Catch former Kisumé chef Reki Rei at his pop-up on Burwood Road before it ships out in October.

Treasure from the sea. That’s the promise at new Hawthorn Japanese eatery Sachi – or at least that’s the translation of the phrase “umi no sachi”. The man presiding over this particular treasure trove is Reki Rei, a chef whose cooking journey began right here in Melbourne when he was an architecture student. He went on to train in Tokyo before eventually making his way to Kisumé, where, over six years, he worked his way up the ranks to the position of head sushi chef. Now he wants to bring the skills he honed in the world of extremely fancy omakase tastings to a (relatively) more approachable setting.

Here’s the lowdown.

At Sachi we want to deliver fine-dining-quality meals in a casual dining environment. We want to challenge the misconception that casual dining equates to lower quality. Our aim is to incorporate ingredients typically found in fine dining establishments, such as our use of aged red vinegar exclusively for seasoning sushi rice, a practice often reserved for high-end sushi restaurants.

The dish that sparked it all is the maguro chirashi don. It was inspired by the desire to showcase Australia’s exceptional bluefin tuna. The plate features a variety of cuts, including loin, belly, cured loin, seared loin, and minced parts, mixed with cured egg yolk in the middle, a true source of sachi – happiness.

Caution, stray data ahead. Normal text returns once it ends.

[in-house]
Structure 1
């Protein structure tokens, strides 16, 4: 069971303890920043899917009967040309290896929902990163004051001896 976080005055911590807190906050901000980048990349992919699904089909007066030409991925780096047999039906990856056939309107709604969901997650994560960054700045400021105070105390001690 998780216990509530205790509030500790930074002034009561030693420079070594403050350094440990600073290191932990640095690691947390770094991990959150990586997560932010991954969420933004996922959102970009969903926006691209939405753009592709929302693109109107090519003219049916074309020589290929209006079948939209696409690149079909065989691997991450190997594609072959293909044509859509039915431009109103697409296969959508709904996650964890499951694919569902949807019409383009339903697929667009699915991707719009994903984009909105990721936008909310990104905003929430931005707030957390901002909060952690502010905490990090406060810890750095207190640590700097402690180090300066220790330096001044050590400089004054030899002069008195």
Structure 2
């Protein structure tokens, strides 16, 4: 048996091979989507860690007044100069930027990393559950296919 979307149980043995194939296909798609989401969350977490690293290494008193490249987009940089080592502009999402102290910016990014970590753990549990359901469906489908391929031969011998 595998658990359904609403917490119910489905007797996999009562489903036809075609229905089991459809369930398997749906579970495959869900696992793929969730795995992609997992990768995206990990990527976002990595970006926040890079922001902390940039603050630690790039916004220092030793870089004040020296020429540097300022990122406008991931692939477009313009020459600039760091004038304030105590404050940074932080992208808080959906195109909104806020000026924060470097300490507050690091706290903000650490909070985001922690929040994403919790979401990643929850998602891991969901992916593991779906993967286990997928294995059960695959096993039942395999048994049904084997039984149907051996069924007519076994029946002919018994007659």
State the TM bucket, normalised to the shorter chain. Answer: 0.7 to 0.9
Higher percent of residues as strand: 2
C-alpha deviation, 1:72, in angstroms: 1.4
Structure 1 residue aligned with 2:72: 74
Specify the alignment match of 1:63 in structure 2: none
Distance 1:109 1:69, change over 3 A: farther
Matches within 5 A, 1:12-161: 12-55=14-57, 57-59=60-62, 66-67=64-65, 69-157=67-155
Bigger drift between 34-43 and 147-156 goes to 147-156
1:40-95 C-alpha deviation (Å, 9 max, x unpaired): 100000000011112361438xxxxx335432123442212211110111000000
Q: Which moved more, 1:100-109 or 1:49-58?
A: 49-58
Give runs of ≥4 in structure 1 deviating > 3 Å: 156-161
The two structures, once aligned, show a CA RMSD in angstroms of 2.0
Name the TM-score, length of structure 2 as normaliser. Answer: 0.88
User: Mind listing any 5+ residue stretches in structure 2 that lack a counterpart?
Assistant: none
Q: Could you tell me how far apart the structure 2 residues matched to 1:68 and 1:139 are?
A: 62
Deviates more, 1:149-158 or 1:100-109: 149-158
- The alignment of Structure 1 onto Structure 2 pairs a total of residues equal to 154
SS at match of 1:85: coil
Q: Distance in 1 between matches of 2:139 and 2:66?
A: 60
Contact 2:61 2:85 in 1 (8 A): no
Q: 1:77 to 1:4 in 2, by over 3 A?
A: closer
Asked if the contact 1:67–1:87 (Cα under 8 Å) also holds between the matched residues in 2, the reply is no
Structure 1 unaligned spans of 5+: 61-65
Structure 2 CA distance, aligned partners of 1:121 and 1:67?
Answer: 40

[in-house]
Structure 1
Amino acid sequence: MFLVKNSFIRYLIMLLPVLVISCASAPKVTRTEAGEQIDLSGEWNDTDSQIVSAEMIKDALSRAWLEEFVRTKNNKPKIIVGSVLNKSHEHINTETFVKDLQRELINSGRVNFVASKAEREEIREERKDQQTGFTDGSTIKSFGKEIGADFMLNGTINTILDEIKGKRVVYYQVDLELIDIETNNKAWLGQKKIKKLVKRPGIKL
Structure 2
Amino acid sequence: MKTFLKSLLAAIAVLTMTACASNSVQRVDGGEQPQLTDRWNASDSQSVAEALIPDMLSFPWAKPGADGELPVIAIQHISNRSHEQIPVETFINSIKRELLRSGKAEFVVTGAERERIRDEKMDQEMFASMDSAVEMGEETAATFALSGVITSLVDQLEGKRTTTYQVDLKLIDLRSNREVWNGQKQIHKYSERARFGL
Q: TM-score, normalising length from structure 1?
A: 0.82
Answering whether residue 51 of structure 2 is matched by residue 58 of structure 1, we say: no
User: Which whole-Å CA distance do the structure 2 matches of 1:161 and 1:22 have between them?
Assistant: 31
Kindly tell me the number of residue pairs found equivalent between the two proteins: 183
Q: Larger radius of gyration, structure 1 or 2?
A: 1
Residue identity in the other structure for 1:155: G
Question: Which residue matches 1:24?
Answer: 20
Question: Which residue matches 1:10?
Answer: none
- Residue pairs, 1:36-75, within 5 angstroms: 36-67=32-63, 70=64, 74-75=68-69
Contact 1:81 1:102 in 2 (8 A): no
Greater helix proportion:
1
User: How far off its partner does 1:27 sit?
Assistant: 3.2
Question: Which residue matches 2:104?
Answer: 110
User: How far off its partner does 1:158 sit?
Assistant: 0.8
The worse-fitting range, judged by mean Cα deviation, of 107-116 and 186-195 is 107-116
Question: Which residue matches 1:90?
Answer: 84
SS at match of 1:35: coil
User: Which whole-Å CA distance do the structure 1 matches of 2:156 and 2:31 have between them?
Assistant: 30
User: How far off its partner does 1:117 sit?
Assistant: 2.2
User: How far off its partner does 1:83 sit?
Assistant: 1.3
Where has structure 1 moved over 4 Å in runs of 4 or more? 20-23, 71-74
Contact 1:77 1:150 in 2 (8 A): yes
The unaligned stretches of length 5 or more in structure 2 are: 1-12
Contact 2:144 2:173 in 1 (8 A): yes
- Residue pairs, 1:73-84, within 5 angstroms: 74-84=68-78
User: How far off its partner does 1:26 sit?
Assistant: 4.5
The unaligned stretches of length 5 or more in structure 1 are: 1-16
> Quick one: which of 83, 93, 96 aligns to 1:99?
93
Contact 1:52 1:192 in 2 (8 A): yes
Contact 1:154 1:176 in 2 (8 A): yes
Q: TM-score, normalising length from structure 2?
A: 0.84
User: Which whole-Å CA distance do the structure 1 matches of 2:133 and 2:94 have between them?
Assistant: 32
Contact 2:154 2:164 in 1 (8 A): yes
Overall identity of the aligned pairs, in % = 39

Our à la carte menu offers snacks, sushi, and sashimi as starters, our specialty chirashi don, and a selection of main courses for those craving cooked seafood. The main courses are available as individual plates, set meals, or teishoku.

We still do an omakase menu. It starts at the relatively affordable price of $150 per person, and that includes starters, sashimi, sushi, and desserts. We serve a maximum of six people each session.

One of the highlights of the hot main courses is the marlin hamburg. In the place of the beef you’d expect in this dish, we use marlin, making the most of its flavourful, meaty profile, staying true to our mission of highlighting the best ingredients from the sea.

The thing I look forward to most at a good sushi restaurant is the rice. And the seafood specialties particular to the region. In Kanazawa, for example, I look forward to their sea perch. In Australia, meanwhile, we’re fortunate to have access to a wide variety of high-quality seafood, so I particularly look forward to the sushi rice quality.

I usually assess sushi chefs’ skills on the quality of their rice. As well as their fish-aging techniques, the texture of the fish they’re serving, curing methods, and their overall attention to detail. Whether it’s an intimate omakase experience or a larger sushi restaurant, each establishment offers a unique perspective on sushi craftsmanship.

Victoria is the source of some of the country’s best fish. Among them, King George whiting, garfish, snapper, flathead, and calamari. The state’s cool waters produce particularly tasty, plump, and sweet scallops, too.

Our pop-up in Hawthorn will continue until October. We’ve secured a lease on a location in the city, and while renovations are underway there, we’ll be giving Hawthorn our best. I hope we’ll see you soon.

Sachi, 64 Burwood Rd, Hawthorn, 0405 511 906, open 5pm-9pm Wed-Thu, 5pm-10pm Fri-Sat and 5pm-9pm Sun, @sachi.melb